Cosmos and History: The Journal of Natural and Social Philosophy, Vol 15, No 1 (2019)

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Discontinuity in Poststructuralist Epistemology: Foucault contra Deleuze and Derrida

Mark G. E. Kelly

Abstract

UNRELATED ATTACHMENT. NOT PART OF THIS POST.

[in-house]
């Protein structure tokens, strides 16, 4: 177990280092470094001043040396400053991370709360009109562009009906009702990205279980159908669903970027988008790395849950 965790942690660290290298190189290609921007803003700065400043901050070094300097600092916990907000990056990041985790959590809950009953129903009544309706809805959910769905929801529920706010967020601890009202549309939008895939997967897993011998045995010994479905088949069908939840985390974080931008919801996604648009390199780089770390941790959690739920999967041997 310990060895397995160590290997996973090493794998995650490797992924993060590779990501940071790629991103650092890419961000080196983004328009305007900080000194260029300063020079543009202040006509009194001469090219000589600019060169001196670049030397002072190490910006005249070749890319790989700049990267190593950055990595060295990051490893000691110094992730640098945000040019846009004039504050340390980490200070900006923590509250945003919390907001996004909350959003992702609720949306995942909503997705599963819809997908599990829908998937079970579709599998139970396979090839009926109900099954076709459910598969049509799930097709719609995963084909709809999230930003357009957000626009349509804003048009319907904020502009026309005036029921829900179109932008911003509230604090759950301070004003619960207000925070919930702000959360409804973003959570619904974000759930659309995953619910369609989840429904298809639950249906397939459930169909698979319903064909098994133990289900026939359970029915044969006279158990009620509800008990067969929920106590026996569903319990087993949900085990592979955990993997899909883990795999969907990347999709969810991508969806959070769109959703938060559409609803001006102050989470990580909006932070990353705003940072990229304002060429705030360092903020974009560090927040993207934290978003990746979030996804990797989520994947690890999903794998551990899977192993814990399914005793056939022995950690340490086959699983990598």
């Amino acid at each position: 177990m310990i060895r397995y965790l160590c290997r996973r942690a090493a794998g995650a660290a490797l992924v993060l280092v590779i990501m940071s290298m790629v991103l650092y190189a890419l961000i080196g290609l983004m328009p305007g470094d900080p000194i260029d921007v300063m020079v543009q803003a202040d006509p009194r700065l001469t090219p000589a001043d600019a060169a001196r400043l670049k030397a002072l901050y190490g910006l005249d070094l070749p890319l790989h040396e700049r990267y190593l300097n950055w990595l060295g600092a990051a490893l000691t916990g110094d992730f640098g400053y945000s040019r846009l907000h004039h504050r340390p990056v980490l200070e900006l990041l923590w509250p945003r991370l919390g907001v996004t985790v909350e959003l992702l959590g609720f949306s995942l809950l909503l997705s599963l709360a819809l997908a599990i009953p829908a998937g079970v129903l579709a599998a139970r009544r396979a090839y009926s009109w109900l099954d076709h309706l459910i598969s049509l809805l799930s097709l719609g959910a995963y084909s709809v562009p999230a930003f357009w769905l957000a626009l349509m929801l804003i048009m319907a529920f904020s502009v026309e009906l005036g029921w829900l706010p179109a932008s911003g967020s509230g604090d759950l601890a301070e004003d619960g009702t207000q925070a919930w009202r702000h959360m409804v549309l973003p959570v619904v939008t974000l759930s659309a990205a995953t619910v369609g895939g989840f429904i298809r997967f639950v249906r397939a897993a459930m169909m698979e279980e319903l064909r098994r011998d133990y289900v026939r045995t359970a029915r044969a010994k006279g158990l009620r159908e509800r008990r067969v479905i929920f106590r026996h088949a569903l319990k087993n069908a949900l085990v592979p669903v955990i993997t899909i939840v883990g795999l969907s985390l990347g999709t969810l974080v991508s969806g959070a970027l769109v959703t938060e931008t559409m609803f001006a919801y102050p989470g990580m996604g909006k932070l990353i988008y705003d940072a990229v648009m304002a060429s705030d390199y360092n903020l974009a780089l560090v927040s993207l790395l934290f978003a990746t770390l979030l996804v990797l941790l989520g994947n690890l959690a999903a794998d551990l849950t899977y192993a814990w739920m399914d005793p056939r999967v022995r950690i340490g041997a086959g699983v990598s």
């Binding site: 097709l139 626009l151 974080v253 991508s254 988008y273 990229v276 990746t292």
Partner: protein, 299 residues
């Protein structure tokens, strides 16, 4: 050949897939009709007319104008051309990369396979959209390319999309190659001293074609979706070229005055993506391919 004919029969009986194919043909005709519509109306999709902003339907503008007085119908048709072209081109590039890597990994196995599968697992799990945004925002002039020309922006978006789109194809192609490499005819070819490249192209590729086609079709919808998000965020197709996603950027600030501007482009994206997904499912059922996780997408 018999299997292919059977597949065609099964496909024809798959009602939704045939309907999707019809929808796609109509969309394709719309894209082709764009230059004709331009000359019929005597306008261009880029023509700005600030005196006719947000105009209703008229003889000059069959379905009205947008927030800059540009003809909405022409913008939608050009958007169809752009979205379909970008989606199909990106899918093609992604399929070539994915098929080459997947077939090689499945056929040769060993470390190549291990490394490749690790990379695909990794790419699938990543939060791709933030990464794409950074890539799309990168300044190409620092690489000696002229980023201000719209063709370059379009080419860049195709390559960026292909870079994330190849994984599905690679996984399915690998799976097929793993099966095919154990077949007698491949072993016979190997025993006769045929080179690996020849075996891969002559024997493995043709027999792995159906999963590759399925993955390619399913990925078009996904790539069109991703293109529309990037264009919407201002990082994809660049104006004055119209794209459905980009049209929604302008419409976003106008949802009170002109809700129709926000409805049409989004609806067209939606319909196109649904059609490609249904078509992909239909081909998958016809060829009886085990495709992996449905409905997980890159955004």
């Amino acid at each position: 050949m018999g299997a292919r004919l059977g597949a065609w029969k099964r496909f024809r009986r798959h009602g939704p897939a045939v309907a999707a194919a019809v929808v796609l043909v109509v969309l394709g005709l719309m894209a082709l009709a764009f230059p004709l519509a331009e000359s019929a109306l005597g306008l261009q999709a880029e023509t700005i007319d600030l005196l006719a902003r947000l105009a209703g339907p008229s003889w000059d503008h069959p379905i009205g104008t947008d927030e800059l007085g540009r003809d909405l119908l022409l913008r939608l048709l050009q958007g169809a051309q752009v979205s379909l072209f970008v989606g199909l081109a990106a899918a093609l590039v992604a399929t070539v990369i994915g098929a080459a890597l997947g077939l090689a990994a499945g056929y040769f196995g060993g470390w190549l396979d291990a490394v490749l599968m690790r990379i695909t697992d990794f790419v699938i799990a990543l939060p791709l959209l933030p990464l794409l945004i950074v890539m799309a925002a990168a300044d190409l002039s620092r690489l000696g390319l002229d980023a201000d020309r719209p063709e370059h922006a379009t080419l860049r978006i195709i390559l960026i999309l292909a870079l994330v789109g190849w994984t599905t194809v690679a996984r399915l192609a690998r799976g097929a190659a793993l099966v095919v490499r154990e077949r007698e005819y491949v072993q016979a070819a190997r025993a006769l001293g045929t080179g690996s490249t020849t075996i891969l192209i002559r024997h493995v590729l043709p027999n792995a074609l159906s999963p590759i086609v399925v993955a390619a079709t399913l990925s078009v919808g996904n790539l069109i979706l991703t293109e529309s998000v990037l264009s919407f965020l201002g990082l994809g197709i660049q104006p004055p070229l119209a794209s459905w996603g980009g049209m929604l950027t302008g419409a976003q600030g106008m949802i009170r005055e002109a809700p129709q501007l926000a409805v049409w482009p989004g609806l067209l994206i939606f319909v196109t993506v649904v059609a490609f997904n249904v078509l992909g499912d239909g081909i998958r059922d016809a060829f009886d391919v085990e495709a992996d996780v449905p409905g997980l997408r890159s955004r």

In this paper, I divide the major late twentieth-century French philosophers typically classified as “poststructuralist” – namely Gilles Deleuze, Jacques Derrida, and Michel Foucault – into two camps, based on what I diagnose as their fundamentally divergent epistemological attitudes. The immediate point of drawing this division is to break up the apparent unity of “poststructuralism,” though it also serves to introduce an epistemological thesis with a wider potential applicability. I suggest that Deleuze and Derrida, despite differences that in some ways amount to a diametrical opposition, are united by an assumption that it is possible – at least in principle – to reconcile language with reality. On the other hand, I claim that Foucault thinks the relationship of language and reality in terms of fundamental and irreparable discontinuity, in this respect having more in common with Jacques Lacan than the contemporary compatriots with whom Foucault is more often associated.

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